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Clin Exp Allergy. 1989 Jul;19(4):431-5.

Food specific skin-test reactivity in atopic subjects.

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Department of Medicine, Tulane University Medical Center, New Orleans, LA 70112.


It has been proposed that a permanent or transitory increase in gut permeability is an important facet in the development of food allergy. If this occurs, then individuals with a history of a specific food allergy should have a higher incidence of immunological reactivity to other food allergens as compared to food tolerant subjects. To test this hypothesis, we evaluated the prevalence of food-specific IgE responses by skin-prick testing in 60 individuals. Subjects were classified by a history of food allergy (shrimp hypersensitivity) and atopic status. Prevalence of skin-prick test reactivity to shrimp and a panel of nine other food extracts was determined. Skin-test reactivity to shrimp was related both a history of shrimp sensitivity and atopic status. However, the prevalence of skin-test reactivity to other foods was not related to clinical history of shrimp allergy, although it was related to atopy. A subset of subjects with shrimp allergy had multiple positive skin reactions to many of the nine other foods. This reactivity was associated with a history of pulmonary symptoms following shrimp ingestion. In general our results do not support non-specific increases in gut permeability being important in the development of food allergy.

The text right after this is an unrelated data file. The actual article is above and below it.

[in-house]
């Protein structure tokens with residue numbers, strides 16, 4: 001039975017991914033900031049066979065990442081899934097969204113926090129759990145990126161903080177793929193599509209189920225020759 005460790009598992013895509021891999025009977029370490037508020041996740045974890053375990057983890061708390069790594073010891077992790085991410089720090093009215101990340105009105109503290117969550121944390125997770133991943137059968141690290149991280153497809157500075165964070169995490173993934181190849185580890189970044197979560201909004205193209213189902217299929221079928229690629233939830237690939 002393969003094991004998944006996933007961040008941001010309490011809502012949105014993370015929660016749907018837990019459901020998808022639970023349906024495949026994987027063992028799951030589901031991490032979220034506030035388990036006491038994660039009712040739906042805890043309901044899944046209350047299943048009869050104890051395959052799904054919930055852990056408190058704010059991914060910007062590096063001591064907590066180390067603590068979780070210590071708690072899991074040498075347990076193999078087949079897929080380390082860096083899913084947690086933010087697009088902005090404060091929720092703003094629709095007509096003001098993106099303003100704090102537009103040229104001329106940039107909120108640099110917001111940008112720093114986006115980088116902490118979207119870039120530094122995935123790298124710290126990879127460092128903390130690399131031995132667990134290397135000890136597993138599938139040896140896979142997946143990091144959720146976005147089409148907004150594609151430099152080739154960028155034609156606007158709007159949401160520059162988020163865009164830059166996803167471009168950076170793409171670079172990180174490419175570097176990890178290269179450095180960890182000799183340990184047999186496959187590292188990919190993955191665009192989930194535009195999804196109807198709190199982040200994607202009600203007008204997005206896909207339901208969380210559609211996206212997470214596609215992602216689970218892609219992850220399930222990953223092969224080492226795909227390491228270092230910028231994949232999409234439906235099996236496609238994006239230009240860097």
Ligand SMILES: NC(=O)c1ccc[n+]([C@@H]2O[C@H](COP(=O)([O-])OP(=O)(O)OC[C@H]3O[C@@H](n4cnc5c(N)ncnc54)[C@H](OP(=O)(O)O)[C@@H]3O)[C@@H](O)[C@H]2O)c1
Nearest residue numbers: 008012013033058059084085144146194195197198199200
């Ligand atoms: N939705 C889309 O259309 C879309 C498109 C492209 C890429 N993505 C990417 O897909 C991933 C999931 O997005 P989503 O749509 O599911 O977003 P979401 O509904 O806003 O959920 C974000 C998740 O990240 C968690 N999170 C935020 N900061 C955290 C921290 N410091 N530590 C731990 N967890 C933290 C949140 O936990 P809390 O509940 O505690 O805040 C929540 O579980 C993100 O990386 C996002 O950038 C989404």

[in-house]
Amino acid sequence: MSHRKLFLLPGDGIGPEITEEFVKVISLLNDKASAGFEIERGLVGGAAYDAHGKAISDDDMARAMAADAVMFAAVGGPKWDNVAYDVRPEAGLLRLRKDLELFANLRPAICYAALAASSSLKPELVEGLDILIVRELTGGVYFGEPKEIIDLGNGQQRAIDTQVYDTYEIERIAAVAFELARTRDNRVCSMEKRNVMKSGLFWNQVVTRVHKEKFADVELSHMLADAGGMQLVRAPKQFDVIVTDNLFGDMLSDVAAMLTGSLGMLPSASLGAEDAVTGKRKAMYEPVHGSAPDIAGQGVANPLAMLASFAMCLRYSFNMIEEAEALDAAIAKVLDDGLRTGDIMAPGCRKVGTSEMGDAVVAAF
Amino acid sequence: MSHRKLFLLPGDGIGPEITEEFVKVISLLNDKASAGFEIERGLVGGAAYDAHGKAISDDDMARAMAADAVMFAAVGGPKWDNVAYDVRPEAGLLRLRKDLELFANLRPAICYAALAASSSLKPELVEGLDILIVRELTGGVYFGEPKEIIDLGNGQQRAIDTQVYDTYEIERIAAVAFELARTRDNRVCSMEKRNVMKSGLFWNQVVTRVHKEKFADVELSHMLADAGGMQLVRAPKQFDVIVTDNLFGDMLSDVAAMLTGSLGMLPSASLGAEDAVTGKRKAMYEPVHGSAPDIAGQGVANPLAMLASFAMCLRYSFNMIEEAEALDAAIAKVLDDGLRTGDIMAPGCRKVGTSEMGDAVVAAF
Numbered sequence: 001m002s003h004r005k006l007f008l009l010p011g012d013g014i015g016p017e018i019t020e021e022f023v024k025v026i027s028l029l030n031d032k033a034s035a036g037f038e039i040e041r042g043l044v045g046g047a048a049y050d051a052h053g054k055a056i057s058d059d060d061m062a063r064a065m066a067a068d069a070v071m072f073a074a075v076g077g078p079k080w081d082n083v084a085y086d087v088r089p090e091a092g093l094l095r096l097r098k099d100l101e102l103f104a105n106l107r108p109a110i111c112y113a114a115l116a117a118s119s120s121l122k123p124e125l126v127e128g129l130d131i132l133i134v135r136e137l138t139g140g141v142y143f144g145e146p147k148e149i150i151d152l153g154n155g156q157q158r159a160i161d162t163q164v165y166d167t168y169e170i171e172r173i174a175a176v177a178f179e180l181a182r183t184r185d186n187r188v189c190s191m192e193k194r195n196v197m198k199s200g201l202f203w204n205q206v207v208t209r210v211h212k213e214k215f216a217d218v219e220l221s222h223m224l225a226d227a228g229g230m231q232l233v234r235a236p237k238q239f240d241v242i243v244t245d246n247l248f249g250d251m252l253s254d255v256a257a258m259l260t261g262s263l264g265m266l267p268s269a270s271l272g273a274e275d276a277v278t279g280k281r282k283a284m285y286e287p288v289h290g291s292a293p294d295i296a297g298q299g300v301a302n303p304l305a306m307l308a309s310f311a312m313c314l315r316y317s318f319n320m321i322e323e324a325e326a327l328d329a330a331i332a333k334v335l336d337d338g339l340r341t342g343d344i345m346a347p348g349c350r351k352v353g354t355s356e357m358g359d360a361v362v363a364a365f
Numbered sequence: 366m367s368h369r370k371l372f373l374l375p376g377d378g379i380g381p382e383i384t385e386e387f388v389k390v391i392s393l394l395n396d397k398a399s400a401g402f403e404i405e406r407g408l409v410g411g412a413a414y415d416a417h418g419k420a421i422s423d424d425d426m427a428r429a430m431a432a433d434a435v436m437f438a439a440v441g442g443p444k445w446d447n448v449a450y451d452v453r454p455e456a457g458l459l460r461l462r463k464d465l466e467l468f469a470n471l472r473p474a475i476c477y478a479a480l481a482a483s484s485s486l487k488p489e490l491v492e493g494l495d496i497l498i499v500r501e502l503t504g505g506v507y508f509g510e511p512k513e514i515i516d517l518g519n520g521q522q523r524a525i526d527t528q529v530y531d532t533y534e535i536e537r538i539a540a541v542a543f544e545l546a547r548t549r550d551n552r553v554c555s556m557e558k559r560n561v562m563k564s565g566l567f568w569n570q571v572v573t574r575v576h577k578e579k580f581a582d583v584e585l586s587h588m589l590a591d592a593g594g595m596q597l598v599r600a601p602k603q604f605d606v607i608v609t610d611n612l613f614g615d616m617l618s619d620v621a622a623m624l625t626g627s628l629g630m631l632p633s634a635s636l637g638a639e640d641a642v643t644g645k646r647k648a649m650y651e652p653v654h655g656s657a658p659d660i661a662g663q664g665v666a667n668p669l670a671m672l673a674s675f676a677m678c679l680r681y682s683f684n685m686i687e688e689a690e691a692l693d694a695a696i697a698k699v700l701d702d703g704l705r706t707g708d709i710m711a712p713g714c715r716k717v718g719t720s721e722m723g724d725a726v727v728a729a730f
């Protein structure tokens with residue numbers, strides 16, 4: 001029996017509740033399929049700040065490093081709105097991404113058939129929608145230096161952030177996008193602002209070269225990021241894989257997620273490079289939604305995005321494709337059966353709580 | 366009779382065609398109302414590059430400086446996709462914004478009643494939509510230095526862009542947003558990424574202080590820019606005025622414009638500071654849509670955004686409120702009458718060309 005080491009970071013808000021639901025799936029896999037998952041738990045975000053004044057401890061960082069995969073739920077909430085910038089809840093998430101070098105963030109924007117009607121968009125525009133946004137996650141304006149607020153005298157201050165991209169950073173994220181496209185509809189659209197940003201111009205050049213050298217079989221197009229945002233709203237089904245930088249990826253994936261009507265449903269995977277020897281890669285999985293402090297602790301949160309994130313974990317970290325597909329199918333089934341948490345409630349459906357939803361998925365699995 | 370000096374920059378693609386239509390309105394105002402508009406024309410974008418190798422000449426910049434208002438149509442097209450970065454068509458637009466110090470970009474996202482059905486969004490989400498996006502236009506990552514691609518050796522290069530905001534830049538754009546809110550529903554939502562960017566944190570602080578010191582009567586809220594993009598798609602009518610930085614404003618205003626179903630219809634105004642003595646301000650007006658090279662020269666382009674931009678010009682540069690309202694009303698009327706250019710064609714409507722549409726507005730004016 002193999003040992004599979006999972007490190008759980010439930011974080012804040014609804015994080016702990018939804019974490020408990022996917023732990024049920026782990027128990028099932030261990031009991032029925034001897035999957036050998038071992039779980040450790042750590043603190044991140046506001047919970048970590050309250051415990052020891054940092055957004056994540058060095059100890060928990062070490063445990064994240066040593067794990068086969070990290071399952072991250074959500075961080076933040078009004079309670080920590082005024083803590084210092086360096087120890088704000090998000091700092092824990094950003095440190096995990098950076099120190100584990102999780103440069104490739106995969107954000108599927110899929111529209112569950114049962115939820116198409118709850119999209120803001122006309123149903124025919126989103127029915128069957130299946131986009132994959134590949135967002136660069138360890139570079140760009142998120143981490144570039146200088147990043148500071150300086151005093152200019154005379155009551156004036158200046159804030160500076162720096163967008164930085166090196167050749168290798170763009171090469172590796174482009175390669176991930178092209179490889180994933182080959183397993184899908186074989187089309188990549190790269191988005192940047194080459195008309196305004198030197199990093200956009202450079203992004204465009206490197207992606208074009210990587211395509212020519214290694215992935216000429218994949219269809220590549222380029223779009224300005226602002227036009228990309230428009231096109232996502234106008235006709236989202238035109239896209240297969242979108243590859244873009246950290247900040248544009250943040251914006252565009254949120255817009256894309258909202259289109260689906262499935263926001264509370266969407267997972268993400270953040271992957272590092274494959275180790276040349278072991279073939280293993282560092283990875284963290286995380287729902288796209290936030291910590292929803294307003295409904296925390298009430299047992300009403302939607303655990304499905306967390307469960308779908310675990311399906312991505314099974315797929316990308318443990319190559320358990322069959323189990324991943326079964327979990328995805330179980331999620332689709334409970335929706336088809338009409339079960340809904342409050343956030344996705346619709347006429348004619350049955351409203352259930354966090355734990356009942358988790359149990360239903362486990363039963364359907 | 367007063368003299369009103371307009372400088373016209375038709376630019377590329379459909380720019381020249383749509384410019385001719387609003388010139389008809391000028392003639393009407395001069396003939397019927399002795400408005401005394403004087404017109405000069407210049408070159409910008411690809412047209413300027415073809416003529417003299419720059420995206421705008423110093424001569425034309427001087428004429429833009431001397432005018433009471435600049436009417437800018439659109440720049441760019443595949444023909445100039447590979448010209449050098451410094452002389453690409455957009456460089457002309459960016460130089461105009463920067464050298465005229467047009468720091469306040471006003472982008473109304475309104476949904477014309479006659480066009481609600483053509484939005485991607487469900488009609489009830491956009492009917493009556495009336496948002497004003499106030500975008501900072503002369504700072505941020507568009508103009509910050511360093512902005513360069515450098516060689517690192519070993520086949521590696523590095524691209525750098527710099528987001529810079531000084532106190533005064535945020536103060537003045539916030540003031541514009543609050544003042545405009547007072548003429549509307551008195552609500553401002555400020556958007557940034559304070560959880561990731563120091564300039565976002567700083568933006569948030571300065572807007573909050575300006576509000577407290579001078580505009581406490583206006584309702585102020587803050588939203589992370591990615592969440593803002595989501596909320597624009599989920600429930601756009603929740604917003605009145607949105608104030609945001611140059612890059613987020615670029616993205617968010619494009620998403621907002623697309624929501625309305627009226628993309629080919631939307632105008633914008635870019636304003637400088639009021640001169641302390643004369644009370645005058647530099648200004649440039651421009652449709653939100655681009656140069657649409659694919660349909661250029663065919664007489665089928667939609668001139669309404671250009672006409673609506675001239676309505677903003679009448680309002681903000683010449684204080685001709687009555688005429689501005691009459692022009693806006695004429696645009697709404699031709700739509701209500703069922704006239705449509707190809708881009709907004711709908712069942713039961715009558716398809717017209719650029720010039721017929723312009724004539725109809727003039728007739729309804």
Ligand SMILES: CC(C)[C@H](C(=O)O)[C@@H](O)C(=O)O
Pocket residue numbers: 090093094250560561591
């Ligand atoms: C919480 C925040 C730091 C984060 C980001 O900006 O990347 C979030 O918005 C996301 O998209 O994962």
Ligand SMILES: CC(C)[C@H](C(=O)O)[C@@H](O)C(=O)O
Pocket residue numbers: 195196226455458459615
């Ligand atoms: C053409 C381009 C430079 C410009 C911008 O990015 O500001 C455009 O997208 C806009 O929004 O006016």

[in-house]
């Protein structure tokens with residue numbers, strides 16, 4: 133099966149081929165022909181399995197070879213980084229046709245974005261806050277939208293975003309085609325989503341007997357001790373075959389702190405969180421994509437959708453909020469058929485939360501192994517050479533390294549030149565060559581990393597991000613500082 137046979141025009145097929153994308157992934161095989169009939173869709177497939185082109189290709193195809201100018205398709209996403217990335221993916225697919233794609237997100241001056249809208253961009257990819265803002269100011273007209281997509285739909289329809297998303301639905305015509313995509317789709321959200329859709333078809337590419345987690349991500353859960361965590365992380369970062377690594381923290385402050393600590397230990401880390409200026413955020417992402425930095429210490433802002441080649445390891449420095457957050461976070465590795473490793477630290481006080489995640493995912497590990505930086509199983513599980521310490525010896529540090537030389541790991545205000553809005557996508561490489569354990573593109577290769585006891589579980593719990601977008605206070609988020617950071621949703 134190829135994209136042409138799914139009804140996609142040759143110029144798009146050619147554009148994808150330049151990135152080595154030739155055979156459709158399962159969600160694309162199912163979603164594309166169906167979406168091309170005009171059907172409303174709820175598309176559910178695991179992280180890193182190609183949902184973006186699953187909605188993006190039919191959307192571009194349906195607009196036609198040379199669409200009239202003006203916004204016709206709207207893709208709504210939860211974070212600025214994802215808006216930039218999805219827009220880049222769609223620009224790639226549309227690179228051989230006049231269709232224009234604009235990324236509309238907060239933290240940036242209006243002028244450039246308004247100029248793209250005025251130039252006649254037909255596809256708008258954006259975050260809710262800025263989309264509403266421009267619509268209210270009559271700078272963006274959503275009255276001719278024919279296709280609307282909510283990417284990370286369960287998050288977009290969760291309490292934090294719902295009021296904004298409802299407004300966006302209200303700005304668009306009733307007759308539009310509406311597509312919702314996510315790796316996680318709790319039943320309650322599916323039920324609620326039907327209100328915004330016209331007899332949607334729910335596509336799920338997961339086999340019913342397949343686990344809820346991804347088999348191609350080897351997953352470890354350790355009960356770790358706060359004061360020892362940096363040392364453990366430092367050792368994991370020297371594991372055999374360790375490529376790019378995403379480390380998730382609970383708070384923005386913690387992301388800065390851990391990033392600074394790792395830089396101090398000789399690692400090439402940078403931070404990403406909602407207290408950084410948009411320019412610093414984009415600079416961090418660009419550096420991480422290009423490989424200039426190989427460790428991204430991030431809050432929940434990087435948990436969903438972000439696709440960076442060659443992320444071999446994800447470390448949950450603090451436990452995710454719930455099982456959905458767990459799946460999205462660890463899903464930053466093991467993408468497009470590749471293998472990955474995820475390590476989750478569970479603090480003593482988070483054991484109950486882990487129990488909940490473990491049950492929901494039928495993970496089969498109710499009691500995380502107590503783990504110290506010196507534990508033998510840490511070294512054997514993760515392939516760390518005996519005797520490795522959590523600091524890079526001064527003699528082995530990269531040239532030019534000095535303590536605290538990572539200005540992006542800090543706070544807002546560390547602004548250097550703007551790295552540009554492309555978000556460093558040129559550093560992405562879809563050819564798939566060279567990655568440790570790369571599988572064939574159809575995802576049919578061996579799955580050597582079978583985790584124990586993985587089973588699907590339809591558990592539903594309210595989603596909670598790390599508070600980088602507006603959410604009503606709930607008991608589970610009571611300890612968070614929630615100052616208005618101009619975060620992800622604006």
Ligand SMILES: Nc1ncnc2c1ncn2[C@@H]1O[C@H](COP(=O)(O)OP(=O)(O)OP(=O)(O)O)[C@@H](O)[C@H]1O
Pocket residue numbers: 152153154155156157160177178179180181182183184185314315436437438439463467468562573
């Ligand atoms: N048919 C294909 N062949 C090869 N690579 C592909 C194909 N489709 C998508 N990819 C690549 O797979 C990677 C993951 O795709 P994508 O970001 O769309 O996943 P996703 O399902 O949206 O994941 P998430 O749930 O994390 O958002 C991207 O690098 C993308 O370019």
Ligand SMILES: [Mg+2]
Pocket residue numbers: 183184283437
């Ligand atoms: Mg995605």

[Indexed for MEDLINE]

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